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Can the Samsung Galaxy Player Really Compete with the iPod Touch?

Samsung Galaxy Player

Samsung Galaxy Player

The mobile phone and tablet markets are ripe battlegrounds for Android-based gadgets to make their mark. Apple is the leader but not by a huge margin. Some predict that Android will explode in 2011. There is little doubt that Apple has its hands full trying to maintain its dominance in these areas, but at least they have the app-driven, WiFi-connected MP3 player market locked down with the iPod touch, right?

Maybe not. We’ll find out more after CES.

It is hard to imagine that the niche that lies somewhere between iPod and iPhone could have room for more players, but that’s exactly what Samsung is banking on as they unleash the latest version of the Galaxy Player at the Consumer Electronic Show next week. Some are asking if it’s the first true competitor to the touch.

It’s not.

iPod is THE Non-Phone Handheld

Pass me a Kleenex and get me a Starbucks, because that’s where the iPod Touch is when it comes to this niche. If you were to ask anyone what is out there for those who want to play music, have fully-functional apps, camera, GPS, and WiFi connections on a hand-held device without paying a monthly subscription for voice and data services, they would all say iPod Touch. There would be no exceptions.

It has embedded itself in our culture as the only device of its kind worth noting. Based upon the specs, Samsung has put together a truly comparable device, but the specs are where the comparisons can stop. Unless they sink a ton of money into marketing the device (which they won’t), no average Joe is ever going to hear about or consider it because the iPod Touch has achieved Kleenex/Starbucks status in the niche.

A Status Symbol vs A Wannabe

iPod TouchNobody wants to be considered a “wannabe” – someone or something that is a cheap and less powerful alternative to the real thing. Unfortunately, as fast as Android is growing, in this particular market it can be nothing but a wannabe.

When kids and adults across the land opened their Christmas presents last weekend to find an iPod Touch, they were thrilled and proud to have it. It’s something that they pictured themselves using, showing off to their friends, and treasuring for years to come. They thought of who to hit up on Facetime first, which songs were going to blast from it and into their headphones, and what apps they had heard of that they wanted to install immediately.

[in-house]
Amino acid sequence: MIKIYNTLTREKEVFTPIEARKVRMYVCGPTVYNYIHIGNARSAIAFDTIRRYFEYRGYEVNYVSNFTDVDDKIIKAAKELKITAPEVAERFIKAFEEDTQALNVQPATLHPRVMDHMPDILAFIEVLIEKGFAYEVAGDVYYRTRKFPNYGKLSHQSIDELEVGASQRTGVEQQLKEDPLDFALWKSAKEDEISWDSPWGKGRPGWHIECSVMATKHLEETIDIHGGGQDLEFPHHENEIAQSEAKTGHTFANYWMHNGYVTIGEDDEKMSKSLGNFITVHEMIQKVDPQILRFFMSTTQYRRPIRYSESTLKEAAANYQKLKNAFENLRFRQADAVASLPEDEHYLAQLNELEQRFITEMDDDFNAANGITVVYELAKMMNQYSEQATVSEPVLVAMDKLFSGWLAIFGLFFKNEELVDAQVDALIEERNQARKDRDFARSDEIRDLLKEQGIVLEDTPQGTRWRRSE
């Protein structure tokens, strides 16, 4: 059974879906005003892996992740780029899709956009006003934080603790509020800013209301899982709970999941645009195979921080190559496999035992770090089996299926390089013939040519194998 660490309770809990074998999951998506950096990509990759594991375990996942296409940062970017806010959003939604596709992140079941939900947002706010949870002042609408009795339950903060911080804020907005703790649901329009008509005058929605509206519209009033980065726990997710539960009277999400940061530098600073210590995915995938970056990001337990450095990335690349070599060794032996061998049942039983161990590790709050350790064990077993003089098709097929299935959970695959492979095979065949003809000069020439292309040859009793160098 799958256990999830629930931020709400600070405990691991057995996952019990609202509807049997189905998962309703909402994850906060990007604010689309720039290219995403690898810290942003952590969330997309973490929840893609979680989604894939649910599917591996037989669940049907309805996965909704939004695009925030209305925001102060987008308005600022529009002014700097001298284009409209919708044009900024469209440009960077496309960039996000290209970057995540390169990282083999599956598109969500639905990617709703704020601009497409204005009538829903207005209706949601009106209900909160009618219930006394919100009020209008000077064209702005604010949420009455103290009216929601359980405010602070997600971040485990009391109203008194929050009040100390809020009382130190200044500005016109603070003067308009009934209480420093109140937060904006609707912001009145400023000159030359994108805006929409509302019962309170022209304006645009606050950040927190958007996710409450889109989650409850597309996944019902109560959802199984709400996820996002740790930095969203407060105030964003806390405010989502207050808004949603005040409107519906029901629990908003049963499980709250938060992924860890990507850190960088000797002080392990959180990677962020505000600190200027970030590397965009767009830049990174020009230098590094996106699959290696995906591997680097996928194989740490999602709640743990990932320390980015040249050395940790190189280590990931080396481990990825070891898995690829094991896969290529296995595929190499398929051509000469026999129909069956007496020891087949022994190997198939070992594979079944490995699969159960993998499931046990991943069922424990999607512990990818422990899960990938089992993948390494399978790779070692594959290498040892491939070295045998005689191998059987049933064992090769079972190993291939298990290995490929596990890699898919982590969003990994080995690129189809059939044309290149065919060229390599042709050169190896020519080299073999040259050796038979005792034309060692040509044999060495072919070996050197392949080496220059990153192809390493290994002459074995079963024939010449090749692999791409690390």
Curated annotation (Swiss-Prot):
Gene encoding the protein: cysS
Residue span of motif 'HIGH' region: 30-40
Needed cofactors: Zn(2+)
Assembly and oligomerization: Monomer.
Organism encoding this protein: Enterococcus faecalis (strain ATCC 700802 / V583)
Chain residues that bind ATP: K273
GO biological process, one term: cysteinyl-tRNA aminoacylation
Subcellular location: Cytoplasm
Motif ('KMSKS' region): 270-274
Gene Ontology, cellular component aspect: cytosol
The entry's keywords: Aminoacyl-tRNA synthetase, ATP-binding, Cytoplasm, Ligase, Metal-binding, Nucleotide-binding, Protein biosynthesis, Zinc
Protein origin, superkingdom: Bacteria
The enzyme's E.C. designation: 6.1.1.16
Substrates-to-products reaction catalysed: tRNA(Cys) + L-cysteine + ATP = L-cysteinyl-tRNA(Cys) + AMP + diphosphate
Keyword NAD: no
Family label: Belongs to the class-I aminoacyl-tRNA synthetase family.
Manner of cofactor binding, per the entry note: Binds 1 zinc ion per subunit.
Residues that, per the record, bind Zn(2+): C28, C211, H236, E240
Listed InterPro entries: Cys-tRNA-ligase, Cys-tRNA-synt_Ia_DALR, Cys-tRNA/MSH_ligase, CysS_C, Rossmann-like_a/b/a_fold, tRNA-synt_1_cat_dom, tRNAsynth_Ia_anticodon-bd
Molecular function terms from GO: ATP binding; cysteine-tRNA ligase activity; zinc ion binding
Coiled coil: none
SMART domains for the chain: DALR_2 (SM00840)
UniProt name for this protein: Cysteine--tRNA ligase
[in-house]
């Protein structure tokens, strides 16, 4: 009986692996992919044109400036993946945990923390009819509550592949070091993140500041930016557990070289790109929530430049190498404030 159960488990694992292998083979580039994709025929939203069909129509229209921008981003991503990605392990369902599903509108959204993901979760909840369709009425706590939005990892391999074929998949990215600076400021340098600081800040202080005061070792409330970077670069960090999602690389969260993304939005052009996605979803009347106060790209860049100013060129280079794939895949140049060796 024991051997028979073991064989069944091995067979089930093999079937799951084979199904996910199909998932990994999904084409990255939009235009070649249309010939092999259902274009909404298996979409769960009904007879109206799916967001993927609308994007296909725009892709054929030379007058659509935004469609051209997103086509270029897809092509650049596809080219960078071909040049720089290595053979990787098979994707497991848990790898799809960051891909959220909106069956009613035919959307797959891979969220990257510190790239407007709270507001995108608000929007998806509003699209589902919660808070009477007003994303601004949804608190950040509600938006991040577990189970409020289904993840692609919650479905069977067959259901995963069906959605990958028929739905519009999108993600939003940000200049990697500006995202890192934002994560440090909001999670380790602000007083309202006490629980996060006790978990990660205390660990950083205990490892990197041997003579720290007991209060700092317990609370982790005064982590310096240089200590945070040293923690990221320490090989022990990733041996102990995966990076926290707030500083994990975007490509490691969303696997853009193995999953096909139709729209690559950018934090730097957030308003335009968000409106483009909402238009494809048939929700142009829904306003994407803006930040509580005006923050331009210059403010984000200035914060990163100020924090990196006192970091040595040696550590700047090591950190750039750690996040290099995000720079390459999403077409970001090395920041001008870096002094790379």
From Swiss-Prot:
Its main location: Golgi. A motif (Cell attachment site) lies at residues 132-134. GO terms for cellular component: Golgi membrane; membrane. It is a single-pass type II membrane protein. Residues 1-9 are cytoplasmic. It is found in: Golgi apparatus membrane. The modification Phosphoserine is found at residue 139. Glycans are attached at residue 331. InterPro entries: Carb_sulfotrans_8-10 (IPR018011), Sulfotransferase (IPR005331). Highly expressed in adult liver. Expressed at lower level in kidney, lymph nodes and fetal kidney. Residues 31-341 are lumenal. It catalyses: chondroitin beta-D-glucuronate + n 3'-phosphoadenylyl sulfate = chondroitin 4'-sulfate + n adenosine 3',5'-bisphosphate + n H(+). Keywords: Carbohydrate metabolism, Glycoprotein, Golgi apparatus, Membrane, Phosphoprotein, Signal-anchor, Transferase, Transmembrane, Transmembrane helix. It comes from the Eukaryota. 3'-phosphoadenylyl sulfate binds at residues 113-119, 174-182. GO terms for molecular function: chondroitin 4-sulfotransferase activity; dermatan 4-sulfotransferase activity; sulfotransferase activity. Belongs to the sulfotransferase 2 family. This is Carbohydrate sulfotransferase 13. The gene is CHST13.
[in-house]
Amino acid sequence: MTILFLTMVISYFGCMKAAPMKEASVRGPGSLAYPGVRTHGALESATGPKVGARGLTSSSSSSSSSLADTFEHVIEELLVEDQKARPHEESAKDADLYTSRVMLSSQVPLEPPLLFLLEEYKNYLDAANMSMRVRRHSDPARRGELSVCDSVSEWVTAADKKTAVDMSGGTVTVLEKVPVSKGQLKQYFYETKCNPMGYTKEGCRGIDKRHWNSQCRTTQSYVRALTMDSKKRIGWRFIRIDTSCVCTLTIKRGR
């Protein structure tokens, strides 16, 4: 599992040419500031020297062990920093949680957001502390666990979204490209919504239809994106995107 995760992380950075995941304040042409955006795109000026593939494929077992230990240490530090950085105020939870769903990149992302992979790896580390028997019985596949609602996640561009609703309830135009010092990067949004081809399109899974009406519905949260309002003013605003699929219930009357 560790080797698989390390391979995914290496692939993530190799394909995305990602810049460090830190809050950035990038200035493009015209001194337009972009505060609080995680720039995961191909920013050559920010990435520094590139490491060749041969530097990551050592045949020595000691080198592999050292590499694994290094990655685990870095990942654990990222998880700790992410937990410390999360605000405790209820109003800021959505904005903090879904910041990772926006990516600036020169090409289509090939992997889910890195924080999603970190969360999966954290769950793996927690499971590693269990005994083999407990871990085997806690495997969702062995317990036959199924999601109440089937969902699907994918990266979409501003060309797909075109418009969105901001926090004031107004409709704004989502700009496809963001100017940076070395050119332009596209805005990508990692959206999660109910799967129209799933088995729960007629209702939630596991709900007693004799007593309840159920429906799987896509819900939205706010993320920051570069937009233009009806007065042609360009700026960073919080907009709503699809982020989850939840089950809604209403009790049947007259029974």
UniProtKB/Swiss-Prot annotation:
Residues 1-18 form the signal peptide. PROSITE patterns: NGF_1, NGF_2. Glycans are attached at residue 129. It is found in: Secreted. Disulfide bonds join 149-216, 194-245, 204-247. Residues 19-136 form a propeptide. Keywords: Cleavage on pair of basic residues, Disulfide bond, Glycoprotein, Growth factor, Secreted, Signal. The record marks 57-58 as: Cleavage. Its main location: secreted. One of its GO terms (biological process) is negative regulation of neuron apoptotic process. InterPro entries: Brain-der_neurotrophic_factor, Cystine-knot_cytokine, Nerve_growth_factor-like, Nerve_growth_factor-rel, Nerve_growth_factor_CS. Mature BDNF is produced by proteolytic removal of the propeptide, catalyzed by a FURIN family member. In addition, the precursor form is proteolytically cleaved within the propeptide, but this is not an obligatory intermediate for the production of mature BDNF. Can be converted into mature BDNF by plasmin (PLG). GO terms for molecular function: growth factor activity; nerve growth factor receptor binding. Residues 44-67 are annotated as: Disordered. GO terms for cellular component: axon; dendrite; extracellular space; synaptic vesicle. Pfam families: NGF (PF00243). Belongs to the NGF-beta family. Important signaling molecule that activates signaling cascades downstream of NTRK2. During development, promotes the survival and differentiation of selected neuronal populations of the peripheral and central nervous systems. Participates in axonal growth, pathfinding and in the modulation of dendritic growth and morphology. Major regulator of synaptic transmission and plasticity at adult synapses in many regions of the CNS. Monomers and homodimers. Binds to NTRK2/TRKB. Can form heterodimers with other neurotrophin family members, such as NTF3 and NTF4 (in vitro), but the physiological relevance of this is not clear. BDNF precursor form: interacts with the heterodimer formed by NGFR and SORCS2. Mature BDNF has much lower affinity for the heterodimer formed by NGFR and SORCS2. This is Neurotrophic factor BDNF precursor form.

And then, it came down to who they were going to show first. And then next. And after that.

The iPod touch is a status symbol amongst teens and geeks alike. It says that you spent a lot of money on a music player that can do more than anyone else’s. It means that you’re a serious geek (in a good way) who takes music and hand-held fun seriously.

The Samsung Galaxy Player and any other that comes along for the foreseeable future mean less. Upon showing it to friends, they’ll ask, “Why didn’t you get a Touch?”

Despite the reality that it’s probably a very comparable device (perhaps even superior) it will still have that generic-brand feel, like getting the Kroger’s Peanut Butter Puffs cereal rather than spending money for real peanut butter Cap’n Crunch.

Phones and Tablets and Hand-Helds, Oh My!

tablets and phonesA year ago, the Galaxy Player may have stood a chance simply because there were fewer options. Google messed that up by not being open enough on the Android Marketplace, thus declawing any potential iPod Touch competitors. Now that they have opened up, it’s too little, too late.

The tablet and smartphone markets are growing and are ripe battlegrounds for Android-based devices to challenge Apple. Unfortunately for everyone other than Apple, that means the “tweener” market that lies somewhere in between just isn’t going to be big enough for another player.

We’re not saying that Samsung won’t be able to sell a bunch of these. Any speculation is simply speculation until CES and beyond. They have done a tremendous job pushing the Galaxy brand in the phone and tablet markets and have had moderate success, but this is one area where they will simply take what they can get from Apple’s scraps and move on down the road.

That’s probably what they expect to do. They just aren’t telling anyone.

What do you think?

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Written by JD Rucker

JD Rucker is Editor at Soshable, a Social Media Marketing Blog. He is a Christian, a husband, a father, and founder of both Judeo Christian Church and Dealer Authority. He drinks a lot of coffee, usually in the form of a 5-shot espresso over ice. Find him on Twitter, Facebook, and Pinterest.

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